Anger in Prison

Two pieces of news this week got me thinking about anger in UK prisons. Number one follows comments from the director of public prosecutions Keir Starmer QC, who says its time to make benefit cheats serve longer jail terms of up to 10 years. The second follows a Commons Justice committee reports that says more elderly sex offenders are being jailed than ever before.

Two pieces of news that make me wonder what effect it’ll have on the well-being of all prisoners in the system. Will an influx of elderly perverts tip the balance or will an increase in swindlers break the camels back and push the UK prison population into the red mist? After-all, convicted criminals aren’t exactly known for their gentle dispositions and tolerant natures.

Being deprived of your freedom is punishment enough, but prisoners must also deal with the constant supervision and control of their movements and interactions. Locked behind bars for up to twenty-three hours a day, left to stew over their own failings and stupidity, is enough to make anyone angry. Angry at themselves, the world, the system, their parents and God Almighty.

In fact, prison is the perfect place for anger to grow and prosper.


Controlling Anger in Prisons.

Anger management programmes have enjoyed a varying degree of success in UK prisons. At one point in 2006 the Home Office significantly scaled back their anger management courses citing them to be “counter-productive,’ after a City financier was killed by a prisoner who had just been released from prison after serving six years for attempted murder. He attended twenty-four sessions of an anger management course, which helped convince the parole board to let him go free, but with hindsight it was argued, the course had done nothing to tackle his violent behaviour.


From nearly fifty different programmes available covering alcohol, sex, reoffending and health programmes, prison chiefs acknowledge anger in UK prisons is an on-going problem in which they are still looking for solutions and programmes to deal with it.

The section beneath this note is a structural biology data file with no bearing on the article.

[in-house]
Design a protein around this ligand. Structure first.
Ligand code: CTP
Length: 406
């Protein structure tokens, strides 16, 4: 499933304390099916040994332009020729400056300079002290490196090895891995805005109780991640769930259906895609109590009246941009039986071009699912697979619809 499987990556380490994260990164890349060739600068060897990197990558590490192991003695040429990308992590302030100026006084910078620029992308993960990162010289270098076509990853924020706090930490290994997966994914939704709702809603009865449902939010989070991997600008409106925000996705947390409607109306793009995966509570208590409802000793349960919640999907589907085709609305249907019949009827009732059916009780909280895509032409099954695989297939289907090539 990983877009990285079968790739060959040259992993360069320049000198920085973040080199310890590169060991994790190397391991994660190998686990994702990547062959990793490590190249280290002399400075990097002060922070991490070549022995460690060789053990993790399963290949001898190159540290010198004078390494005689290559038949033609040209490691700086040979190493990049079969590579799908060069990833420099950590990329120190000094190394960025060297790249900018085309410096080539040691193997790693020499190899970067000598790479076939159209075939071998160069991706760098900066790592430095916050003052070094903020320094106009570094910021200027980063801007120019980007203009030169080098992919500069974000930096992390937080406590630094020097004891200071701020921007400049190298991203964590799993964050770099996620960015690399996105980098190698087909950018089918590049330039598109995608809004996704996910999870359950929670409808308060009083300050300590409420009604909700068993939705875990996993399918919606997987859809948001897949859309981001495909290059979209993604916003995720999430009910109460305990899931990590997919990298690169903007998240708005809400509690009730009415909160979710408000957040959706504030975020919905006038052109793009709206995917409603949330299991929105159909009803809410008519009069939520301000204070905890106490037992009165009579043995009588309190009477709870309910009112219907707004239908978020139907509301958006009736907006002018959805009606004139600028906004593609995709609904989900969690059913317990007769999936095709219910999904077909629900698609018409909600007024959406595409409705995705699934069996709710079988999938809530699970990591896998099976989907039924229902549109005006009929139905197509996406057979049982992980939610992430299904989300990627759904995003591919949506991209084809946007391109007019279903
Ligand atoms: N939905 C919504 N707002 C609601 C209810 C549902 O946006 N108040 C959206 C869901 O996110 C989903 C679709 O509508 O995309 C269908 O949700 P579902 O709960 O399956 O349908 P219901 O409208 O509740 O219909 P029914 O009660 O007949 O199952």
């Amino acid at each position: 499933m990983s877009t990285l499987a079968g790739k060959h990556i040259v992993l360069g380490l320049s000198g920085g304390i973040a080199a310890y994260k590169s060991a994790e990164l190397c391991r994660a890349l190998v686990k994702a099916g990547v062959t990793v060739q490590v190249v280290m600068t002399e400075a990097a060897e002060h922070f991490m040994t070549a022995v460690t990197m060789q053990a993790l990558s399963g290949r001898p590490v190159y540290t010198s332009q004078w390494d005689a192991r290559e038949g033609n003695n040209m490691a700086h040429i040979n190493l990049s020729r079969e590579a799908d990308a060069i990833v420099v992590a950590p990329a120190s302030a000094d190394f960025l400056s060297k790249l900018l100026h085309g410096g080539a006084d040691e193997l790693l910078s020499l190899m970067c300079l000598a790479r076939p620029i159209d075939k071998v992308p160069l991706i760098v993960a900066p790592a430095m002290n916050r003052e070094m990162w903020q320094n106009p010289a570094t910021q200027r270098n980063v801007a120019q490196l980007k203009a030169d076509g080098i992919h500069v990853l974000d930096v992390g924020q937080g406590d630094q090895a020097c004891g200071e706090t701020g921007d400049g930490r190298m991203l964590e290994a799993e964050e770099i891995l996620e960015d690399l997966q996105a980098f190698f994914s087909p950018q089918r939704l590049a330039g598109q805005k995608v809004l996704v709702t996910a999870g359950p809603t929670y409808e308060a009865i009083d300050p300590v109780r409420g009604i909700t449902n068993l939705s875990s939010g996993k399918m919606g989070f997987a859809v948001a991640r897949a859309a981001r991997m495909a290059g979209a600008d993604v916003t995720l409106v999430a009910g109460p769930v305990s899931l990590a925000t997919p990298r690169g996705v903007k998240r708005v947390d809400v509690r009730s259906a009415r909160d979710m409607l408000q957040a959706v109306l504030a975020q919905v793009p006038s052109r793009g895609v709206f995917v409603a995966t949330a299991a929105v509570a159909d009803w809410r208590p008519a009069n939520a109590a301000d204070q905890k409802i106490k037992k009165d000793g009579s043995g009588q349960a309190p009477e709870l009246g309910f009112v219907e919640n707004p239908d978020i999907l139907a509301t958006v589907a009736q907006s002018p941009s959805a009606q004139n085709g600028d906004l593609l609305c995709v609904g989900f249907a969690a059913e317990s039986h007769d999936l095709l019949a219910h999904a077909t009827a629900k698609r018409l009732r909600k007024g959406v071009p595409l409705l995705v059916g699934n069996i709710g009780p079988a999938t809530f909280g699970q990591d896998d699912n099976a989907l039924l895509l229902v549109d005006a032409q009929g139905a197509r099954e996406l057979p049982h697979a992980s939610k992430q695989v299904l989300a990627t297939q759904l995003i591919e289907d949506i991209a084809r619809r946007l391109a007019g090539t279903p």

Some call in the services of therapeutic practitioners, who use yoga and breathing techniques to help the men relax and control their aggression, while others use more accredited programmes such as CALM (Controlling Anger and Learning to Manage it) which is more of an emotional management programme, to ART (Aggression Replacement Training), which seeks to challenge offenders to accept responsibility for their crime and its consequences, to TSP (Thinking Skills Programme) which focuses on supporting offenders to develop skills in setting goals and making plans to achieve them without offending.


The British Association of Anger Management (BAAM) is also playing a role in UK prisons. Linda Bolland trained by BAAM one of the leading experts in the field of anger management runs programmes at HMP SEND in Surrey with excellent results, Mike Fisher has recently been commissioned to run programmes in a London Prison and is committed to support reducing reoffending rates amongst young offenders and in doing so helping reduce the cost of keeping someone in prison, which today stands at an average of £48,000 a year.


What makes prisoners happy?

Other than being let out early or better yet, getting away with a suspended sentence, a TV in their cell is a small luxury which no prisoner would scoff at. Though a TV makes a prisoner very happy, it evokes anger from the taxpayer, especially when its revealed hospital patients are charged £42 a week for watching TV, while prisoners are only charged £1 a week.

Striking the happy medium of keeping prisoners happy and keeping those paying for prisons happy is a delicate balancing act.


Its a Catch 22.

Stress leads to anger and anger leads stress, its a vicious circle. Being able to identify your anger for what it is and having the tools to step out of the circle of anger, is something anyone can achieve.

Mike Fisher and BAAM has helped over 16,000 people nationwide deal with their anger problems and continues to blaze new trails in the anger management world.

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